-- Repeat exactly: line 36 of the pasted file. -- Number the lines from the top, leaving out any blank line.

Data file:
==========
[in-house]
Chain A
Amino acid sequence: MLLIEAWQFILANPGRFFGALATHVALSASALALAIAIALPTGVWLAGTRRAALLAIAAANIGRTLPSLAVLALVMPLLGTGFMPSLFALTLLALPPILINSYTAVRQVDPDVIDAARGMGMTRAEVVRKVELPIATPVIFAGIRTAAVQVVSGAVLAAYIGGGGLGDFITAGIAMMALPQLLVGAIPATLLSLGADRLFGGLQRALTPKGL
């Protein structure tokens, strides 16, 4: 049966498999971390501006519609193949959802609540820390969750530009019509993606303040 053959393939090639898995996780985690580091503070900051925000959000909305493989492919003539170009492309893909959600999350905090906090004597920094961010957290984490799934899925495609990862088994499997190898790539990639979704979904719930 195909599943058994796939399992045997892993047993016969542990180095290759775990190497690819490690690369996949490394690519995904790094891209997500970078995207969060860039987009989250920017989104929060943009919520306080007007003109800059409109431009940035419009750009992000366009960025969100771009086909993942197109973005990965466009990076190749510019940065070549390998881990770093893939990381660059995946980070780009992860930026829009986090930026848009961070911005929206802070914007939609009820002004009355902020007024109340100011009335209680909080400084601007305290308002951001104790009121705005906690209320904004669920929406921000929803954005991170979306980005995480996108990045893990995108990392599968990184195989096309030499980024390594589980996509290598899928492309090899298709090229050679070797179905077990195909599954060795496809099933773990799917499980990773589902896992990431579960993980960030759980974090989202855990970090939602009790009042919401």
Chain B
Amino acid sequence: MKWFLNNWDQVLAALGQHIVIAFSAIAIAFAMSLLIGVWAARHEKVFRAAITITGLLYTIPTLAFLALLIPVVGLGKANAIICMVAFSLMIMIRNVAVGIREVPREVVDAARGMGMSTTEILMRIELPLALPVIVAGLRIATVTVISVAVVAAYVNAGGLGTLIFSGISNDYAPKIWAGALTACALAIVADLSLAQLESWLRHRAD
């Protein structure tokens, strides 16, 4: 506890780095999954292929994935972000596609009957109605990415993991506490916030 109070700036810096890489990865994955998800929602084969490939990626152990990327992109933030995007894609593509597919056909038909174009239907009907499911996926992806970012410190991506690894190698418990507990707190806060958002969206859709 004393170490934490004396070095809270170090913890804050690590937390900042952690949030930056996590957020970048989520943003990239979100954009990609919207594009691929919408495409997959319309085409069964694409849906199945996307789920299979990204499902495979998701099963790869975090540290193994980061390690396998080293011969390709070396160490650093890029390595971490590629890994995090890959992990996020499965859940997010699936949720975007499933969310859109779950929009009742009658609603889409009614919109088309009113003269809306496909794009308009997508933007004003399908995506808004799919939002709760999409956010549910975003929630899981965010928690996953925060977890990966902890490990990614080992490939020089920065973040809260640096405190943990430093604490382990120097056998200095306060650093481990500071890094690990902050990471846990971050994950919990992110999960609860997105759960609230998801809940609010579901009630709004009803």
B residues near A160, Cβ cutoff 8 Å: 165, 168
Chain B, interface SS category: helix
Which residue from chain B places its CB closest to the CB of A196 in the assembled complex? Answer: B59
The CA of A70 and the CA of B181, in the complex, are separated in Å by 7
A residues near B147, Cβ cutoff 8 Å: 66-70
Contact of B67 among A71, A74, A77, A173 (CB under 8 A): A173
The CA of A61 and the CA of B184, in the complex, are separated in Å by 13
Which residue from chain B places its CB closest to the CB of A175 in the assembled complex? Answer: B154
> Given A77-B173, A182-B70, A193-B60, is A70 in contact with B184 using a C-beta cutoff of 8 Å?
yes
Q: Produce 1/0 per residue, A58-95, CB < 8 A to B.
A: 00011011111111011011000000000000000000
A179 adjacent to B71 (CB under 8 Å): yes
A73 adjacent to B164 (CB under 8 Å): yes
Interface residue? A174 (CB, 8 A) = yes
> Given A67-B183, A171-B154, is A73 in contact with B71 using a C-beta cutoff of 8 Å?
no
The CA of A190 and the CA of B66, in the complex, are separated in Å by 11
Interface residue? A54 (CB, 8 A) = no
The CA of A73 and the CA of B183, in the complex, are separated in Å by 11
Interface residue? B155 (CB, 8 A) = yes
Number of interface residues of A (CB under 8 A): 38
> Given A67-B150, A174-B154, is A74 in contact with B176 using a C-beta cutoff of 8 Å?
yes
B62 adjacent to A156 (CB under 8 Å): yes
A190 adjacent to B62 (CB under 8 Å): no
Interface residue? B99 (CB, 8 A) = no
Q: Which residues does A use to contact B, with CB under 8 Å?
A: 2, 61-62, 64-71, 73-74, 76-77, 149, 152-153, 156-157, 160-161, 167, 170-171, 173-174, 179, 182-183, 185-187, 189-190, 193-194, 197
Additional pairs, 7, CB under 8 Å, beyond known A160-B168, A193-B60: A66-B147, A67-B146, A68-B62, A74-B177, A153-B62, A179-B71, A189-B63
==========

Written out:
A: 2, 61-62, 64-71, 73-74, 76-77, 149, 152-153, 156-157, 160-161, 167, 170-171, 173-174, 179, 182-183, 185-187, 189-190, 193-194, 197